The best memory, however, came after a cruelly designed hill sprint session for the team. Arnie and myself had lined up a wine tasting afternoon with one of the local vineyards. The vineyard was conveniently located at the top of the hill that the players would be sprinting up. To this day, I can recollect how quickly a persons’ emotions can change from despair to joy. Redruth pair Tommy Phillips and Todd Prisk were not overly excited with the hill sprints, but were very pleased to reach the summit and see the delights awaiting them!
— Richie Williams (@RichieWills10) June 14, 2015
It was on this tour where I also connected with Gábor Stiglmayer who was working for the Hungarian Union. This relationship would grow over time and was another chance conversation that opened up the next chapter in my career.
There are far too many memories from the Counties 20’s experience to write down and equally, do them justice. I would, though, like to highlight some moments that have shaped me as a coach.
Year three was a two Test match series in Moscow against Russia U20’s, who at the time were being supported by English coaches Andy Kyriacou and Howard Graham. Both games were extremely physical with both sets of players battering each other. We won the first Test and lost the second game by three points after electing to go for the win after being awarded a penalty with 79 minutes on the clock. That loss still stings to this day, mainly because of our preparation going into the week.
In my earlier post, I referenced the fact that I struggle to process defeat. Immediately after any game, whether a win or a loss, I look internally at myself and how I have prepared the players and supported them in their build up. Questions like, ‘have we sold the game plan enough?’, ‘have we selected the right combinations?’, ‘have we given the leaders enough opportunity to lead?’ All of these form part of my immediate post-mortem.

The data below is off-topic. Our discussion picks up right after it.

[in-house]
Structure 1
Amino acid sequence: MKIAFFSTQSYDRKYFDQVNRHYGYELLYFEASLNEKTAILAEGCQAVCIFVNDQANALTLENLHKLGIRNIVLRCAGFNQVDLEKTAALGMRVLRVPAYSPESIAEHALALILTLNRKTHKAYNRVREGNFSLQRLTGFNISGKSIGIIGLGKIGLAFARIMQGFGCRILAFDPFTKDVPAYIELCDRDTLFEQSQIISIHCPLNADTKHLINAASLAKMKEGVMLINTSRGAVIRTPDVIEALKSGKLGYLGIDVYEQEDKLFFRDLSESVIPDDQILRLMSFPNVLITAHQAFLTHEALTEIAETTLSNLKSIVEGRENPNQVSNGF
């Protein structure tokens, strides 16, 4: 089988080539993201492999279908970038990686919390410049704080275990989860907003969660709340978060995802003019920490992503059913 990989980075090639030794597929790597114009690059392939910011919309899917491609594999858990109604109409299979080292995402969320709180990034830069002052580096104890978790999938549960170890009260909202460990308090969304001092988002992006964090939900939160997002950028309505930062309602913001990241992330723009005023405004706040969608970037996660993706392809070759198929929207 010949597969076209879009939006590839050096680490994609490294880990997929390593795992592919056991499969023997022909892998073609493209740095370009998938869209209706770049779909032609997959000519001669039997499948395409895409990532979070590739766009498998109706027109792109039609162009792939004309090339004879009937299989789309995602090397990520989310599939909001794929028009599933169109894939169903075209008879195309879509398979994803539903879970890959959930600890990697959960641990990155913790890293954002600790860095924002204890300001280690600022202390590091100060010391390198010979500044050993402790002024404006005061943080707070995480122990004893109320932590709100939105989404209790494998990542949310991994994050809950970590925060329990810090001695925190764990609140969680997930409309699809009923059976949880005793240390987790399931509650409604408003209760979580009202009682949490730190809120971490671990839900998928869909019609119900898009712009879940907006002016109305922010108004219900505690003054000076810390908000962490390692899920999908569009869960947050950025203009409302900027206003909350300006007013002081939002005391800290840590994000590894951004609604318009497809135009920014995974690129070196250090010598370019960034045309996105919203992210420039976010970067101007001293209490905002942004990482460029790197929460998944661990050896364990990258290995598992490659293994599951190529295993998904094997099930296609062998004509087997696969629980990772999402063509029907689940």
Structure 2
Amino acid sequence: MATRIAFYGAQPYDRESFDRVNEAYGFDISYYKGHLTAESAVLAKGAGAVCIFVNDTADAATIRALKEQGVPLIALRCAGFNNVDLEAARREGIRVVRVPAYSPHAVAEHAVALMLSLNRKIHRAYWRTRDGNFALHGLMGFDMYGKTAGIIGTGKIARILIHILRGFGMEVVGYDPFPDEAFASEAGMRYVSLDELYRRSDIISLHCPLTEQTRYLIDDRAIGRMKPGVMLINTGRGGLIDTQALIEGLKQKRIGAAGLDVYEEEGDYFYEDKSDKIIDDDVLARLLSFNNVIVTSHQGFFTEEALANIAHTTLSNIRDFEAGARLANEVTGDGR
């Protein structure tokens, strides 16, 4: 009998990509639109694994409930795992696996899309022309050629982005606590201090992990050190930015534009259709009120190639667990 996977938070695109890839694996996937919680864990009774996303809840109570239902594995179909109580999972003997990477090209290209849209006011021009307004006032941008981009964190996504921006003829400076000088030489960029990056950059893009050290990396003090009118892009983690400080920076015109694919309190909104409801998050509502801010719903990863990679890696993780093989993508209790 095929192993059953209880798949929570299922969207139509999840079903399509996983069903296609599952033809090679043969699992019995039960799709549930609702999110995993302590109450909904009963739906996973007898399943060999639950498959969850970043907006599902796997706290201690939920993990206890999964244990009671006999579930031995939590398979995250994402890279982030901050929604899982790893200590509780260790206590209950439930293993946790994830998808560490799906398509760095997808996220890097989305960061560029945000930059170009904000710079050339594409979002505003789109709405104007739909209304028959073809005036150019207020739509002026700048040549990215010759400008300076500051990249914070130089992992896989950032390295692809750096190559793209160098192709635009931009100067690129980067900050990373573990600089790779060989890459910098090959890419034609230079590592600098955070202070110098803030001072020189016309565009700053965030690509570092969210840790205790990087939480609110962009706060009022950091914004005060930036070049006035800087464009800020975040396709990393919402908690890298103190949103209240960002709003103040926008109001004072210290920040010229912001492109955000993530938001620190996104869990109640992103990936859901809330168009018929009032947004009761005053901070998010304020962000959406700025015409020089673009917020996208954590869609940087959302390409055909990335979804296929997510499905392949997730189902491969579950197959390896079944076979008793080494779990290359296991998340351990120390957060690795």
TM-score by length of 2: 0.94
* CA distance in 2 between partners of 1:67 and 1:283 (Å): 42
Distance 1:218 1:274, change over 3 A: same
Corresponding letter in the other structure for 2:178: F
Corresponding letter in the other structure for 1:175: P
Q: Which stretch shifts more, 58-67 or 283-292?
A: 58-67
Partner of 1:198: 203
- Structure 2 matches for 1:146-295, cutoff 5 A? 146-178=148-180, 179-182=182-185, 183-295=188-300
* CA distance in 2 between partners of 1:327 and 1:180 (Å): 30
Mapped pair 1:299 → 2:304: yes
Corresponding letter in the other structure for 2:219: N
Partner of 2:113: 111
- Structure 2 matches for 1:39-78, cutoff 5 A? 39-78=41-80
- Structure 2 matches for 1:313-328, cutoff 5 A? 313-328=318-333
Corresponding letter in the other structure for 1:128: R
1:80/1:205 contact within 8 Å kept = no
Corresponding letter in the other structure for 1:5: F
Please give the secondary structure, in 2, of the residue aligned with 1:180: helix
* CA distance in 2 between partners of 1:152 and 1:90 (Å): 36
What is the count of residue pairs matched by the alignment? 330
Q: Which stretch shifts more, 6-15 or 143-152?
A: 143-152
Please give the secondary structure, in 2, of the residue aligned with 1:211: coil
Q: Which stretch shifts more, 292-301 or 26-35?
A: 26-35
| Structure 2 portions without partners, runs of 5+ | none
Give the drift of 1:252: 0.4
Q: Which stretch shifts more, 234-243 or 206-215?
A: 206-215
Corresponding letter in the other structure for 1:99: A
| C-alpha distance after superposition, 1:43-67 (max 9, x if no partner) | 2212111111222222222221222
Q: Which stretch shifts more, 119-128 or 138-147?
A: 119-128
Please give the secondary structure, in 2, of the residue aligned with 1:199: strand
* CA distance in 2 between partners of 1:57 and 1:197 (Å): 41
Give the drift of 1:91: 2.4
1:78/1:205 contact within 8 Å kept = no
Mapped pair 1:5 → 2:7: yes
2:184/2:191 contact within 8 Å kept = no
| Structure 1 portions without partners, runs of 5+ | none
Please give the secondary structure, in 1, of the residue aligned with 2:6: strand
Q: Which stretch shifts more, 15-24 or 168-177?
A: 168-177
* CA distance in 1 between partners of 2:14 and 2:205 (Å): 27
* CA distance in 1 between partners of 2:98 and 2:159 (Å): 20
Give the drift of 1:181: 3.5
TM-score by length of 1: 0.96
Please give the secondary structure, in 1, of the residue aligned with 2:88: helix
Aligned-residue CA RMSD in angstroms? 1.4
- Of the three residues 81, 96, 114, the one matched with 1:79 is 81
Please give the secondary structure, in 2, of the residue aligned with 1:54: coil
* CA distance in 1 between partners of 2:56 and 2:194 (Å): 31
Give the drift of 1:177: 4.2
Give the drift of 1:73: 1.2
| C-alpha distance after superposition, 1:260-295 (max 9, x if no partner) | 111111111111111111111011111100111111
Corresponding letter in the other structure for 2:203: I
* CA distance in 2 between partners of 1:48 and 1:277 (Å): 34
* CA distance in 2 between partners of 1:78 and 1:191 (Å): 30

After the first Test in which we won, I feel that we didn’t prepare the leaders well enough around their on-field decision making. We were also a little complacent and naïve in our analysis of the opposition.
To this day, I implicitly trust my players and the leaders in their decision-making processes but for this to be successful, I believe, we must, as coaches, support the leaders and prepare them to be able to make important decisions at key moments in games. It is a lot about managing emotion and thinking clearly under pressure. The ‘RED-BLUE Gazing’ concept is something that I have paid particular attention to over the last few years. Retrospectively, it would certainly have helped in the pressure cauldron of Moscow.